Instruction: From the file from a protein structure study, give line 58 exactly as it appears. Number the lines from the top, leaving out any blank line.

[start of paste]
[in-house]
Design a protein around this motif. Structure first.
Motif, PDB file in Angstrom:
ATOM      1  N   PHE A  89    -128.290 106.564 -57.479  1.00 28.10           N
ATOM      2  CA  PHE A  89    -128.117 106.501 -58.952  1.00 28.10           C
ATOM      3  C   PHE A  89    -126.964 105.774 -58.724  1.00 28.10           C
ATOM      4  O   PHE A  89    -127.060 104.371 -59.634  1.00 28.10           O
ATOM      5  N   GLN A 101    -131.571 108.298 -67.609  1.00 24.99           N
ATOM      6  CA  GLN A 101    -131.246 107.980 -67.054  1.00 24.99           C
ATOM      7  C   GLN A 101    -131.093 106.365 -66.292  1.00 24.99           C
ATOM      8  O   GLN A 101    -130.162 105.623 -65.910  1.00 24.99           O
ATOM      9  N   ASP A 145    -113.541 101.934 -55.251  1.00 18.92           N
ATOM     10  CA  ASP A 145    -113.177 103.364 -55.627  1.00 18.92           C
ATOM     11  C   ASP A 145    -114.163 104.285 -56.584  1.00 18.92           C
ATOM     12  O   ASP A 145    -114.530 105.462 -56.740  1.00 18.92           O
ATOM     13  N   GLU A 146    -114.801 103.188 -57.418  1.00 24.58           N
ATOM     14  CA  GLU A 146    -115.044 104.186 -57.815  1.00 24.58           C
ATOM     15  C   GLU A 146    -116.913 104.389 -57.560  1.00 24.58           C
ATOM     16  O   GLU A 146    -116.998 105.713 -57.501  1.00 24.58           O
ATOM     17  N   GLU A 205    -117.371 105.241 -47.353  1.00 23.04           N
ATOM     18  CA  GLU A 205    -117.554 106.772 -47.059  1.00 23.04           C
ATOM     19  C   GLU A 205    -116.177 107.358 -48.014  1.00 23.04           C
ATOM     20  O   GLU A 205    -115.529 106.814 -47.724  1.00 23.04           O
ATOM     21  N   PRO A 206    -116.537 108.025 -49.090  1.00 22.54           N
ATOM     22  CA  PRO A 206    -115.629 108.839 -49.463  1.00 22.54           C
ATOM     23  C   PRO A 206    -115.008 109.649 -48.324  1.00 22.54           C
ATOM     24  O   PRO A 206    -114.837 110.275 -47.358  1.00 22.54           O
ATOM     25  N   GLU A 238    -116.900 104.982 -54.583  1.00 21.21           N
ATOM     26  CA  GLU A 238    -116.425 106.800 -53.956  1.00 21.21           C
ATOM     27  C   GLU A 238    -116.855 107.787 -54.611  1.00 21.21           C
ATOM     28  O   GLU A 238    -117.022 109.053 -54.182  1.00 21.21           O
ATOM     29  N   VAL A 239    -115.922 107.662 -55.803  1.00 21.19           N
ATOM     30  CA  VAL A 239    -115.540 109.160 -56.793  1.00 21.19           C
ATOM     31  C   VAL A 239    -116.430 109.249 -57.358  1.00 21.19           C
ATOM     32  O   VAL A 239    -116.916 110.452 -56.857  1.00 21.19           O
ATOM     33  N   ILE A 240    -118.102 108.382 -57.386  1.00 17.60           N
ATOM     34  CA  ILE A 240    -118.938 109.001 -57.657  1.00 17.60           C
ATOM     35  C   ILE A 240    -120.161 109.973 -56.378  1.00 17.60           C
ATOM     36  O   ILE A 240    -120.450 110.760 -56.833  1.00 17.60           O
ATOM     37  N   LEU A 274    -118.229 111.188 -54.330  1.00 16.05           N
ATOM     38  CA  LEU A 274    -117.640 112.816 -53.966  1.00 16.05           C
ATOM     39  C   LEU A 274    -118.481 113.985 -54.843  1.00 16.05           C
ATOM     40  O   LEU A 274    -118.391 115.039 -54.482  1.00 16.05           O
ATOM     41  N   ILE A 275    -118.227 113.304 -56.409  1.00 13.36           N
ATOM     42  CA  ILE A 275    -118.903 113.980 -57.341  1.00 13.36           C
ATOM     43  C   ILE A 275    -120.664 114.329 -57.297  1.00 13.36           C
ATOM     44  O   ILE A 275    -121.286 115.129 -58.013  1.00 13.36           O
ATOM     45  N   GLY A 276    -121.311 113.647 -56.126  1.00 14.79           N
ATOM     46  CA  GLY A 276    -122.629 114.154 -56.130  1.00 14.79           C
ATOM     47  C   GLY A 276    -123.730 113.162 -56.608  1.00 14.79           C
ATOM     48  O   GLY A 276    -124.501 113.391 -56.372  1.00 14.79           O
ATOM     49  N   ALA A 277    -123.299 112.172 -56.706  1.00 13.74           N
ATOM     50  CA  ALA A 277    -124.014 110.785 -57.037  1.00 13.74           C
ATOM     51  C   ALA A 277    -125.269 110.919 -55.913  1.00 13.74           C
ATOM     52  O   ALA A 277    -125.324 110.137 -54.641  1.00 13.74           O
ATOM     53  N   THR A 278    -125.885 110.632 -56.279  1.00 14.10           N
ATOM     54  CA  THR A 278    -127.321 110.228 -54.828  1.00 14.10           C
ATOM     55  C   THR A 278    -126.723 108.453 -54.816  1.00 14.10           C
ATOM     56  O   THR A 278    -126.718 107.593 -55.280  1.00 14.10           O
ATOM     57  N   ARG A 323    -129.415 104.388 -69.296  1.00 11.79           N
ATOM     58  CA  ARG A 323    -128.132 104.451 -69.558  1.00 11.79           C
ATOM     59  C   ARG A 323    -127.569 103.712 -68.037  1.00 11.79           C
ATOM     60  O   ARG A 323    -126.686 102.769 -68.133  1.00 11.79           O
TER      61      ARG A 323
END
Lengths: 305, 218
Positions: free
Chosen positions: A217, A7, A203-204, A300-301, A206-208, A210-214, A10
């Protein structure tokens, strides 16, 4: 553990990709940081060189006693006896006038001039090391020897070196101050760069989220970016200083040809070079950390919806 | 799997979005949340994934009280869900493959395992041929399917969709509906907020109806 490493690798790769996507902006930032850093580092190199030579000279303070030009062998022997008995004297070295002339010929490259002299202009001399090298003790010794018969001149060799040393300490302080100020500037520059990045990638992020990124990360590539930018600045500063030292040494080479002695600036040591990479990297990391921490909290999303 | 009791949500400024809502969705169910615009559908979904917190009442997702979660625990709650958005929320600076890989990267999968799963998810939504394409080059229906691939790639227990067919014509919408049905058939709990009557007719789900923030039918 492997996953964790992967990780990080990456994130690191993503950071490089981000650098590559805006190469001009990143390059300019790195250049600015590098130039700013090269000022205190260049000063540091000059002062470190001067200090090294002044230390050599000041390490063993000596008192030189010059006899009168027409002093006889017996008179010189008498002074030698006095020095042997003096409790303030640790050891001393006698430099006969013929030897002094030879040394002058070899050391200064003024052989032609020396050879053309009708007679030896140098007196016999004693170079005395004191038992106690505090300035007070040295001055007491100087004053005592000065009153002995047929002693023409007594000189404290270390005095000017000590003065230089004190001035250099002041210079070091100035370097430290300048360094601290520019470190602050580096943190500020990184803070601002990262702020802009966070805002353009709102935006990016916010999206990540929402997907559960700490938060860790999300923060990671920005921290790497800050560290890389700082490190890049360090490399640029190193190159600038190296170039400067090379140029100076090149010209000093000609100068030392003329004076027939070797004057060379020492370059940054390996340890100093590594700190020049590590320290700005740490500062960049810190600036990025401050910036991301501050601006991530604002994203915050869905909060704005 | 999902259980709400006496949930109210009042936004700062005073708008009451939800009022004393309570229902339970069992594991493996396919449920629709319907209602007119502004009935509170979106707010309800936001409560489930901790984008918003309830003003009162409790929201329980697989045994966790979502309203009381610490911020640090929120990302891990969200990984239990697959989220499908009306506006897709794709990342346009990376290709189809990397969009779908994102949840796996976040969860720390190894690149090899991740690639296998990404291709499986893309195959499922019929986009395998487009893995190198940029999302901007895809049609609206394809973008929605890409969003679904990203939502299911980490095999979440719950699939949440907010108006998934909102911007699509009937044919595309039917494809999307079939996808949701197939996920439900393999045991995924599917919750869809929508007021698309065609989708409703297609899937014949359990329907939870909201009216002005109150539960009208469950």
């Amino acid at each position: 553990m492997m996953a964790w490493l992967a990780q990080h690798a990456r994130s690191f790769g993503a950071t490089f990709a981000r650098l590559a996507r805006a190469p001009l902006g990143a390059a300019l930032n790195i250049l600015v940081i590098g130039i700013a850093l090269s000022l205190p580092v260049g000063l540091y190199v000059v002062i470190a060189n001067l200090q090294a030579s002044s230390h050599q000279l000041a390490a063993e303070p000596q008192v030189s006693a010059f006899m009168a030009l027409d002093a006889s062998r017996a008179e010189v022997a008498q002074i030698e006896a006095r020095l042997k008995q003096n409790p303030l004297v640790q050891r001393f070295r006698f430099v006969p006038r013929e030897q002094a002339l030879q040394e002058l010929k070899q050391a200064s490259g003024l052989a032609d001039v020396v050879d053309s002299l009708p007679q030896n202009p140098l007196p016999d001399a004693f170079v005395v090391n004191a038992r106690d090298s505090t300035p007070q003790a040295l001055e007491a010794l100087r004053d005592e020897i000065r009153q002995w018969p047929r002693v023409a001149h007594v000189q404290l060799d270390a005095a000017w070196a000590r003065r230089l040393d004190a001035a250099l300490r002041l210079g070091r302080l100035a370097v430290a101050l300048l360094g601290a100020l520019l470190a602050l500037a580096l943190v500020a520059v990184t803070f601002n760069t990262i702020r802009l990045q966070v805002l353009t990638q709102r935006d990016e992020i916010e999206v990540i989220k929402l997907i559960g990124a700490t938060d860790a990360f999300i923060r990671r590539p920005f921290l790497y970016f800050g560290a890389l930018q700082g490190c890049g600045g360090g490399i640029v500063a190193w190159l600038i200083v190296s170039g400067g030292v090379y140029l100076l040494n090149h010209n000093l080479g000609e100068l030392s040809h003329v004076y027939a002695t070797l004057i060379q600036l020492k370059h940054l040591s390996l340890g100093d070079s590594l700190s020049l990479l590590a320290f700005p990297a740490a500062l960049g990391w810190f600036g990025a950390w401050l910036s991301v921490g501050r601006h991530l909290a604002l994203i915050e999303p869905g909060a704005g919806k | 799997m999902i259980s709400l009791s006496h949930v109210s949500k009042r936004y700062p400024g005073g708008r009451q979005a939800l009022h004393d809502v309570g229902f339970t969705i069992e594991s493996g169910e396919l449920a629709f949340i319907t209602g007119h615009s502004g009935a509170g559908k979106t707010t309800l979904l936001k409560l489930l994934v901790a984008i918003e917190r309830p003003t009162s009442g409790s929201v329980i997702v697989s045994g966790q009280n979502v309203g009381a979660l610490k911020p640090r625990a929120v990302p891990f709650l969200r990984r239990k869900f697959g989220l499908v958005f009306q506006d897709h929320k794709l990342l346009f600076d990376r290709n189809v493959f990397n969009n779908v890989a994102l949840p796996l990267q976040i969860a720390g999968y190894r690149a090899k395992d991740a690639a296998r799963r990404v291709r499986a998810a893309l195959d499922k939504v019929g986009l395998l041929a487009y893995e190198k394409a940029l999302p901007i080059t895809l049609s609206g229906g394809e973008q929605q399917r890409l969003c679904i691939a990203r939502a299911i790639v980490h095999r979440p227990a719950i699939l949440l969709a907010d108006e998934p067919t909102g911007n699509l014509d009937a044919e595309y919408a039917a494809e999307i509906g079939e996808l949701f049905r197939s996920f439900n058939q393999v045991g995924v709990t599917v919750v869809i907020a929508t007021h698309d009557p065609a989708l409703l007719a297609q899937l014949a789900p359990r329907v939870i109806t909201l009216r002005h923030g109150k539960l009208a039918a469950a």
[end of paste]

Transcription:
ATOM     55  C   THR A 278    -126.723 108.453 -54.816  1.00 14.10           C